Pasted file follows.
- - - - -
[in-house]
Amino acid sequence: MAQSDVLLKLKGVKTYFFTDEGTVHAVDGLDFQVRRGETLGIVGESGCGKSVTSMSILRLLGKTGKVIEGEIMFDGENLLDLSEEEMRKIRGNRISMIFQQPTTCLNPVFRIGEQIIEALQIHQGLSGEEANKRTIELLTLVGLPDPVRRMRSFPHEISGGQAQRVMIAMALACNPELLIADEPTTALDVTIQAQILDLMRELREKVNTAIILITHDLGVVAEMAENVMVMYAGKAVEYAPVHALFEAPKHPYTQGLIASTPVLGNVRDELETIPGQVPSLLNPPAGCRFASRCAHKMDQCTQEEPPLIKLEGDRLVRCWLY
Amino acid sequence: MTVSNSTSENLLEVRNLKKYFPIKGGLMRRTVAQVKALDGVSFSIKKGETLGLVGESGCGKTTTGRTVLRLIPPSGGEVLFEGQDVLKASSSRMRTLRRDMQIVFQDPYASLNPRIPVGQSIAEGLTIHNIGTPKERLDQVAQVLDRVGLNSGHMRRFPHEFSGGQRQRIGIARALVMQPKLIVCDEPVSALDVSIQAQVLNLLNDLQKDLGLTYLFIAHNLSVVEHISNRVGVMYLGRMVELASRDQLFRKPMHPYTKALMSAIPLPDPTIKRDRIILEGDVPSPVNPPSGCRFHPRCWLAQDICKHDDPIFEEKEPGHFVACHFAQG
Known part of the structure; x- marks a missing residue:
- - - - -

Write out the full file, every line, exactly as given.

[in-house]
Amino acid sequence: MAQSDVLLKLKGVKTYFFTDEGTVHAVDGLDFQVRRGETLGIVGESGCGKSVTSMSILRLLGKTGKVIEGEIMFDGENLLDLSEEEMRKIRGNRISMIFQQPTTCLNPVFRIGEQIIEALQIHQGLSGEEANKRTIELLTLVGLPDPVRRMRSFPHEISGGQAQRVMIAMALACNPELLIADEPTTALDVTIQAQILDLMRELREKVNTAIILITHDLGVVAEMAENVMVMYAGKAVEYAPVHALFEAPKHPYTQGLIASTPVLGNVRDELETIPGQVPSLLNPPAGCRFASRCAHKMDQCTQEEPPLIKLEGDRLVRCWLY
Amino acid sequence: MTVSNSTSENLLEVRNLKKYFPIKGGLMRRTVAQVKALDGVSFSIKKGETLGLVGESGCGKTTTGRTVLRLIPPSGGEVLFEGQDVLKASSSRMRTLRRDMQIVFQDPYASLNPRIPVGQSIAEGLTIHNIGTPKERLDQVAQVLDRVGLNSGHMRRFPHEFSGGQRQRIGIARALVMQPKLIVCDEPVSALDVSIQAQVLNLLNDLQKDLGLTYLFIAHNLSVVEHISNRVGVMYLGRMVELASRDQLFRKPMHPYTKALMSAIPLPDPTIKRDRIILEGDVPSPVNPPSGCRFHPRCWLAQDICKHDDPIFEEKEPGHFVACHFAQG
Known part of the structure; x- marks a missing residue: